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Back in the Day: the end of the shortest ever papacy

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Back in the Day: the end of the shortest ever papacy


September 27, 1590. Pope Urban VII dies just 13 days after being elected as successor to Pope Sixtus V, making his the shortest ever term in papal office. Even in such a curtailed reign, Urban did manage to come up with what is thought to be the first ever smoking ban in history: he threatened to excommunicate anyone who “took tobacco in the porchway of or inside a church, whether it be by chewing it, smoking it with a pipe or sniffing it in powdered form through the nose”. Another of Urban’s laws required bakers to make larger loaves of bread and sell them at lower prices, with the lost money being replaced from the Pope’s own pocket. Born Giovanni Battista Castagna in Rome in 1521, Urban was widely appreciated for his kindness and efforts to help the poor. He died even before his coronation as Pope after being bitten by a malarial mosquito and was replaced by Gregory XIV.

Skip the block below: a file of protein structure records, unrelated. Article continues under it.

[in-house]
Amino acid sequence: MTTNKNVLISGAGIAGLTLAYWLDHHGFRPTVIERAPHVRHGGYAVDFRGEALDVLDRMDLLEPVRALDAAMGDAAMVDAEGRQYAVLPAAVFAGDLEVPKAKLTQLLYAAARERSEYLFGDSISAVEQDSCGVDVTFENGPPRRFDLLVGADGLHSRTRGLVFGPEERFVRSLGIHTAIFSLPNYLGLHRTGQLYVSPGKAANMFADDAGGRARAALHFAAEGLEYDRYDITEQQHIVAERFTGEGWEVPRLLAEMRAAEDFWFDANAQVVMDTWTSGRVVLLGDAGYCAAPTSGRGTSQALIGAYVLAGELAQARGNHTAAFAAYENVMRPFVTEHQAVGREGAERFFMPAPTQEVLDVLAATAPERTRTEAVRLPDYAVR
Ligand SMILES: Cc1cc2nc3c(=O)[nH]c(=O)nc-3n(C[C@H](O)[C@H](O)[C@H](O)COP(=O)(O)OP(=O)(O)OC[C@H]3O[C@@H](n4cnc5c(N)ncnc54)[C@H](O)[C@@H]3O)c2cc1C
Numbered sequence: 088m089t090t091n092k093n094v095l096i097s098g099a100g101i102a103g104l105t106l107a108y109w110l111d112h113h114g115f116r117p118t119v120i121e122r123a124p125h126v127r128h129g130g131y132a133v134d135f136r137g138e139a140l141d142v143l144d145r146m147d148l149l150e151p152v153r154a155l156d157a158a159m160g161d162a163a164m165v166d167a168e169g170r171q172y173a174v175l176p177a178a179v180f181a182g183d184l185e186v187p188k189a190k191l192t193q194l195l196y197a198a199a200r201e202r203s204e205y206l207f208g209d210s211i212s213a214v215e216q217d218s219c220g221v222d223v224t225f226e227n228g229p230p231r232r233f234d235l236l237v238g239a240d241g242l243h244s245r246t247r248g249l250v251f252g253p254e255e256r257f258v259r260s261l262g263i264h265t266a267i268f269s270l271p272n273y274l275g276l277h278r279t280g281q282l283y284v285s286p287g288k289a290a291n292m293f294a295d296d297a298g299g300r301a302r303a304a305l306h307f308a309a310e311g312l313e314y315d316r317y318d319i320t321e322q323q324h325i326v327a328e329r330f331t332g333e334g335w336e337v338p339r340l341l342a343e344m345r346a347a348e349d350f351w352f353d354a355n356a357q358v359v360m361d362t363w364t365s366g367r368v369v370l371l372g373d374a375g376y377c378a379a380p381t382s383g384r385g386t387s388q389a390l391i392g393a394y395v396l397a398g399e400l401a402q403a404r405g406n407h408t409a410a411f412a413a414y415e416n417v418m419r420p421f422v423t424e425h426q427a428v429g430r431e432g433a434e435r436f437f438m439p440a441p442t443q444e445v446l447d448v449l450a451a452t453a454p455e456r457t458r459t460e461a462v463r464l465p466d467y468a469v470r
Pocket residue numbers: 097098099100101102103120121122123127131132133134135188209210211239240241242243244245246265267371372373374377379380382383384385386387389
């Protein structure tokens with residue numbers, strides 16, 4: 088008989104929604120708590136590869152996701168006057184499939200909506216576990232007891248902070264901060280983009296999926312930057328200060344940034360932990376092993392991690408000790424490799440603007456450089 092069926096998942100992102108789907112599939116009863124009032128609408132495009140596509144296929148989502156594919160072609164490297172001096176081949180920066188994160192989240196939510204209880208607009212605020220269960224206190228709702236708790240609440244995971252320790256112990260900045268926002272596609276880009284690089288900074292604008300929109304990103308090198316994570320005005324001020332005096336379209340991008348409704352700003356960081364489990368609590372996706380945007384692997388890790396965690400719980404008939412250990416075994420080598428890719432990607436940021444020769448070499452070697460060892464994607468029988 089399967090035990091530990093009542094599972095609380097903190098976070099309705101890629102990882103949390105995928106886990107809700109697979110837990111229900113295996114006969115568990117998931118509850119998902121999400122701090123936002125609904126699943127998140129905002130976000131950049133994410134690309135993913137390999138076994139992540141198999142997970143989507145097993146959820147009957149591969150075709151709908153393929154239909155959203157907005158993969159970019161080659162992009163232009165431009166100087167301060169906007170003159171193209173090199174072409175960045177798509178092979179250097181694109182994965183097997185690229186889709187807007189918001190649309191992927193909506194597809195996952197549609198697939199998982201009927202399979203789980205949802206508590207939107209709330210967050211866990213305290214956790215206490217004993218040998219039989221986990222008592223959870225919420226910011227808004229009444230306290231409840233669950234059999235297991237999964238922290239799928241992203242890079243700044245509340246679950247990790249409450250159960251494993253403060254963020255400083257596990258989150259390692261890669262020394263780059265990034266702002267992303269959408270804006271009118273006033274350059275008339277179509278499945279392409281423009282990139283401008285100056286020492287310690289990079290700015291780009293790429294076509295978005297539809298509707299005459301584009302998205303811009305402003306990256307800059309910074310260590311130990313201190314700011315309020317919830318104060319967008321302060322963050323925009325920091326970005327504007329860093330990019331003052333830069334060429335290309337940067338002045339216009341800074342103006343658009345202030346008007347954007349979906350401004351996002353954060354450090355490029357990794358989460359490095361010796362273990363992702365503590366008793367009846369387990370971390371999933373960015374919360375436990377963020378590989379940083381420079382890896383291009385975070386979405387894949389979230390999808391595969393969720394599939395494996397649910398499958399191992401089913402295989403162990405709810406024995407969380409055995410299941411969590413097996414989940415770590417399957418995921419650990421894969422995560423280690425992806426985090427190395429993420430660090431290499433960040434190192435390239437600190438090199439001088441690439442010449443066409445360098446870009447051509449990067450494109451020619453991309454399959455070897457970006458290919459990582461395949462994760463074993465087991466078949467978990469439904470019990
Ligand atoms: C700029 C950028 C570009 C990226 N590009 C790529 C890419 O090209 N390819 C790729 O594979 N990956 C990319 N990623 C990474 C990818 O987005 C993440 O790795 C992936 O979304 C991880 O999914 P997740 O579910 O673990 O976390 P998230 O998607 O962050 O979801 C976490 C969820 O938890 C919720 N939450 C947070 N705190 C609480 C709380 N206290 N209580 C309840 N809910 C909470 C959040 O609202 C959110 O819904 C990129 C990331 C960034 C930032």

Also on September 27: Spain recognises Mexico’s independence (1821); production of the first Ford Model T automobile (1908); publication of the Warren Commission report into the assassination of US President John F. Kennedy (1964); Taliban forces take control of the Afghan capital, Kabul (1996).

Born on September 27: Meat Loaf (1947), Jean-Marc Barr (1960), Irvine Welsh (1961), Gwyneth Paltrow (1972), Francesco Totti (1976), Avril Lavigne (1984).

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